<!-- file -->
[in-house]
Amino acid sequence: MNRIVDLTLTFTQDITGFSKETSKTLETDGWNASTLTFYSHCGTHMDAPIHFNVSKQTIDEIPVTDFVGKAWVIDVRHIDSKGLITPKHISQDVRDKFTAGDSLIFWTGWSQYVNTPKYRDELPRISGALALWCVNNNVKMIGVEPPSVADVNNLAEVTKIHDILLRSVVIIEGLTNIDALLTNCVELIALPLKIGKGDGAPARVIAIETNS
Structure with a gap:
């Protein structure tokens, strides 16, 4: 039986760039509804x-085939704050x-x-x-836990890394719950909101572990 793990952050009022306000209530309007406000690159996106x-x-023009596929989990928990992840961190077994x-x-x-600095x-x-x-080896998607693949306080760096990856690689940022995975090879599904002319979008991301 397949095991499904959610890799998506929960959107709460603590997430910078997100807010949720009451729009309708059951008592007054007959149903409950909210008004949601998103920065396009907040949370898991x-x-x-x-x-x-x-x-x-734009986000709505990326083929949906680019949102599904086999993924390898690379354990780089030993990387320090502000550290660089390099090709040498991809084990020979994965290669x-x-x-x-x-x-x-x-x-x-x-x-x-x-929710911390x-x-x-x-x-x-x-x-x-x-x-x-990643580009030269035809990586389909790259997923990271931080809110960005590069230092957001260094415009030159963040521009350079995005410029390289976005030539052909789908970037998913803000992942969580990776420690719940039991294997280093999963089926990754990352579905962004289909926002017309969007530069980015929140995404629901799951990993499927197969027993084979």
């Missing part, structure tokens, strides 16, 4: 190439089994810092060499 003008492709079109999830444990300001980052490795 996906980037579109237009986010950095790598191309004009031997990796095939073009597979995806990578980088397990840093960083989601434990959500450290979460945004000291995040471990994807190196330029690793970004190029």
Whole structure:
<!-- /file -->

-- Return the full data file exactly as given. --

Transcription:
[in-house]
Amino acid sequence: MNRIVDLTLTFTQDITGFSKETSKTLETDGWNASTLTFYSHCGTHMDAPIHFNVSKQTIDEIPVTDFVGKAWVIDVRHIDSKGLITPKHISQDVRDKFTAGDSLIFWTGWSQYVNTPKYRDELPRISGALALWCVNNNVKMIGVEPPSVADVNNLAEVTKIHDILLRSVVIIEGLTNIDALLTNCVELIALPLKIGKGDGAPARVIAIETNS
Structure with a gap:
């Protein structure tokens, strides 16, 4: 039986760039509804x-085939704050x-x-x-836990890394719950909101572990 793990952050009022306000209530309007406000690159996106x-x-023009596929989990928990992840961190077994x-x-x-600095x-x-x-080896998607693949306080760096990856690689940022995975090879599904002319979008991301 397949095991499904959610890799998506929960959107709460603590997430910078997100807010949720009451729009309708059951008592007054007959149903409950909210008004949601998103920065396009907040949370898991x-x-x-x-x-x-x-x-x-734009986000709505990326083929949906680019949102599904086999993924390898690379354990780089030993990387320090502000550290660089390099090709040498991809084990020979994965290669x-x-x-x-x-x-x-x-x-x-x-x-x-x-929710911390x-x-x-x-x-x-x-x-x-x-x-x-990643580009030269035809990586389909790259997923990271931080809110960005590069230092957001260094415009030159963040521009350079995005410029390289976005030539052909789908970037998913803000992942969580990776420690719940039991294997280093999963089926990754990352579905962004289909926002017309969007530069980015929140995404629901799951990993499927197969027993084979």
């Missing part, structure tokens, strides 16, 4: 190439089994810092060499 003008492709079109999830444990300001980052490795 996906980037579109237009986010950095790598191309004009031997990796095939073009597979995806990578980088397990840093960083989601434990959500450290979460945004000291995040471990994807190196330029690793970004190029």
Whole structure: